“Is that who you went into town to meet? Is this ‘someone’ here already?”
“No, he comes from far away.” Getting to her feet, Agnes moved towards the kitchen. “It’s time for you to sleep. I would guess you got very little rest last night, hmm?”
At this the spell, the mist of perfect tranquillity in which their conversation wafted around them, was lost. Melanie felt that all peace, all contentment, all of her childhood, was taken away in that moment. The storm in the bay was finding a silent, stealthy way in, through the fastened windows, under and over and around the battened doors. It gathered in rage behind her as she went up the stairs. White horses in a demonic race, a hunt to the death. And she, Melanie the gifted, was their helpless, hopeless prey.
There were nine text messages on Peter’s phone. They were all from Lesley. The last one said simply: “Y won’t U answer Yr feckg fone?”
When he called her number she didn’t answer. He knew she was there, holding the little red and green mobile in her hand, looking at his name on the display. Lesley went nowhere without her ‘phone.
It was a difficult afternoon. Peter’s parents were hanging close, taxing him with questions: what was his friend’s house like, who else was at the party, had Manchester changed much? He excused the absence of his bag and jacket by saying he had absent-mindedly left then unattended at the railway station in Manchester. Otherwise, he answered all of their questions as truthfully as he could, describing Vincent’s cottage in a way which made it sound like a house in the city suburbs, adding Simeon himself to the picture using Vince’s modified version of his name (Simon) as a ‘really nice guy from somewhere out on the moors’ with whom he had met and formed a friendship at ‘the party’. Somehow, though, he knew he was not believed. In fact, his father’s disbelief tingled in his spine like a pincushion full of needles: as soon as he could, he escaped through the kitchen door and headed for the seafront.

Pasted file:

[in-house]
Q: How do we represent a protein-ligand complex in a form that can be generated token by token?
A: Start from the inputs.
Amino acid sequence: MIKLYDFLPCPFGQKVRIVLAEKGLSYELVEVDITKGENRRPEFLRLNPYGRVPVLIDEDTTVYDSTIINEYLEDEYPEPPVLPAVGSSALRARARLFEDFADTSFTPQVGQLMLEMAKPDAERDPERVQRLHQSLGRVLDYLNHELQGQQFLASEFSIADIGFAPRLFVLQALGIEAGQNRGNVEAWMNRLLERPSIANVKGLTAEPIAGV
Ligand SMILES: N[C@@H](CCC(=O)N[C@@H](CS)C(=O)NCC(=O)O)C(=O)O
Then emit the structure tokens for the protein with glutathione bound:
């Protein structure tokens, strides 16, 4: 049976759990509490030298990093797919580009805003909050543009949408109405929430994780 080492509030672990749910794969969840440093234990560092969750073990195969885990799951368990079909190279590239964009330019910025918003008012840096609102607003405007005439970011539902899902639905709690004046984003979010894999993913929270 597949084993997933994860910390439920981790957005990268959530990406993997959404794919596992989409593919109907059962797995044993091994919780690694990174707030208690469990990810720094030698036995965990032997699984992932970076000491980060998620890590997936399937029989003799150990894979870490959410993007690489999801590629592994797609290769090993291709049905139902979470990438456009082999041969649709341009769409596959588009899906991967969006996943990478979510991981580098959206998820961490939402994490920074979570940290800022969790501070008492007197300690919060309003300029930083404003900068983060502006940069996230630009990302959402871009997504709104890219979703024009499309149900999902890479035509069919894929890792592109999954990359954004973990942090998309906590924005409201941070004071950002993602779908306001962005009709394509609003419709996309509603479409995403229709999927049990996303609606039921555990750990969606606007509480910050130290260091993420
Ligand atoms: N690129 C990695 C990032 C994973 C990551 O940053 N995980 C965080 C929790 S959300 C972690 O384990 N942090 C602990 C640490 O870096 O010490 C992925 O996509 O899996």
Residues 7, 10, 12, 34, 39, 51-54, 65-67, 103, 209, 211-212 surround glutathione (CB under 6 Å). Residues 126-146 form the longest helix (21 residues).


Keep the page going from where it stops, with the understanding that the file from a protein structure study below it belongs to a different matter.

The incident at Framlington had gone unmentioned. When Peter’s train pulled into the station at Levenport Howard Sullivan failed to emerge, and Peter liked to imagine him cowering down in his seat until he had gone, before sneaking from the station by some devious route. There seemed no good reason for panicking his parents with tales of attempted abduction, yet there were many pressing reasons for doubting his safety. Whoever it was, if they wanted him badly enough it could only be a matter of time before they got him. On the seafront, at least, it was open enough to see them coming.
Lesley was still refusing to reply to his calls. He sent a text. “Pleze Lesley. Hennik’s. Now.”